Although all of the large debt cases were classified as non-business consumer cases, the petitions and accompanying papers showed that nearly three-quarters of them (26 of 35) were the result of, or associated with, failed businesses. These high-debt cases represented a wide variety of businesses, including three construction firms, two trucking or transportation firms, a coffee shop, pizza parlor, sandwich shop, video arcade, tanning salon, furniture store, interior design store, clothing store, golf course, car wash, engineering design firm and a real estate investment partnership. For the remaining nine business-related cases, it was not possible to determine the nature of the business from the information in the petitions.

Although the cases all appeared to be business-related, the resulting patterns of reported debt varied considerably. Of the 26 cases involving failed businesses, 12 reported primarily general business debts, five arose from deficiencies or foreclosures, four resulted from judgments, three were tax-related,3 one was based primarily on credit card debt and one reported extraordinary student loans (more than $400,000 in student loans to a debtor who opened a pizza shop).

The Remaining Nine Cases

Nine of the high-debt cases did not appear to be the result of business activity, but rather the entry of personal money judgments, tax debt or medical bills. Four appeared to have been caused by judgments resulting from auto accidents, one resulted from a wrongful-death suit and two other cases were the result of a personal judgment for unknown causes. In the remaining two cases, one consisted mainly of taxes owed by a former movie producer, and the other was the result of medical bills incurred by a heart transplant recipient.

It is interesting to note that in the six cases with personal judgments, irrespective of the actions that led to these judgments, information in the debtors' schedules indicated that they had no ability to pay them. Five of the debtors had gross incomes of less than $3,000 per month and rented rather than owned their residences. They were essentially judgment-proof. In some of the cases, the discharge of credit card debt was a relatively small and secondary benefit of the discharge.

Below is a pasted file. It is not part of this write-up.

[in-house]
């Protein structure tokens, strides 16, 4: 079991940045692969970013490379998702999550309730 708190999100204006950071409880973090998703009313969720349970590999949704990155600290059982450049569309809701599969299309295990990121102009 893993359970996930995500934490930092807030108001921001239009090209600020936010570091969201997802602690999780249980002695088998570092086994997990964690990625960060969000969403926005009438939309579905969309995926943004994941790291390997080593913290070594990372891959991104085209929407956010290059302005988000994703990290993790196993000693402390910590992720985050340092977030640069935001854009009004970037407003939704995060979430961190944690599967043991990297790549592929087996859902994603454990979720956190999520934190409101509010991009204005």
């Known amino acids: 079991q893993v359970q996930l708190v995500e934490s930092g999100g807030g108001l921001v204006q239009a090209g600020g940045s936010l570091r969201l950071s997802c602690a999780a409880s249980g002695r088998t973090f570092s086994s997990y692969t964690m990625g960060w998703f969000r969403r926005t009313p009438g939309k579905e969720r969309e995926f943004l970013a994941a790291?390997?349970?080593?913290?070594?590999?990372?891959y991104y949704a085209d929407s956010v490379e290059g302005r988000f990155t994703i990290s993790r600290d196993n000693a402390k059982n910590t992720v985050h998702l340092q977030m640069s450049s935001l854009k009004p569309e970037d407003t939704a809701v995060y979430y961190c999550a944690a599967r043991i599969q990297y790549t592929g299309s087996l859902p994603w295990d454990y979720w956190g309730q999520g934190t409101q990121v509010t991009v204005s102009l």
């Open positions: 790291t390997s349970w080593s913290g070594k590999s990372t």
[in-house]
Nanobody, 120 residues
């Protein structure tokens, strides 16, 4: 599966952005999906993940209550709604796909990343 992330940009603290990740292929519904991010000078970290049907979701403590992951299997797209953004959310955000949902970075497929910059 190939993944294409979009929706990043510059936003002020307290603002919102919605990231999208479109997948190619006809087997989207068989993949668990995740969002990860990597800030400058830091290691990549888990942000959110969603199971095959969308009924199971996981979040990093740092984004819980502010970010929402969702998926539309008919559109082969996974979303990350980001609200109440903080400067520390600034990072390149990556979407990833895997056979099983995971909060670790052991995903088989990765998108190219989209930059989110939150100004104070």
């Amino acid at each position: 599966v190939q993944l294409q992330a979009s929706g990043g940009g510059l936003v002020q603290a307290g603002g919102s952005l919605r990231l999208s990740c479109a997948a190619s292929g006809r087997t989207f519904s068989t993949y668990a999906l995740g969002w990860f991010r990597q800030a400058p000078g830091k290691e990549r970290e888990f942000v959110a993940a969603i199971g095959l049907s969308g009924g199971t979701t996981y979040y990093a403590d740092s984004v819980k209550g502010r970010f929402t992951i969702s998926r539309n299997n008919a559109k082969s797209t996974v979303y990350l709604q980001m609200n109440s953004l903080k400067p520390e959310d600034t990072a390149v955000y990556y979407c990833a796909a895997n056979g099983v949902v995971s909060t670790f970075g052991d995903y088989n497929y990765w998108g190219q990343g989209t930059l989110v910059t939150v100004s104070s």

Any large-scale study of chapter 7 cases will include some large-debt cases such as those described above. However, inclusion of high-debt cases without further inquiry, when calculating the impact of consumer cases on the bankruptcy system, may result in inflated averages. While some researchers exclude outliers from their studies, cases with the largest debt are often included to calculate these averages. Based on this sample, however, only a very small portion of the debt in these high-debt cases was for goods or services associated with consumer activity. For example, a good portion of the debt in these cases consists of personal and business judgments.


1 All views expressed in this article are those of the authors and do not necessarily represent the views of the Executive Office for the U.S. Trustees or the Department of Justice. Return to article

2 Most of these cases were closed between 1998 and 2001. Only a small portion of the cases obtained in 2002 had been entered in the database at the time of this article. Return to article

3 In fact, more than a third of the debtors reported at least $10,000 in tax debts on Schedule E. Return to article

Bankruptcy Code: 
Journal Date: 
Saturday, March 1, 2003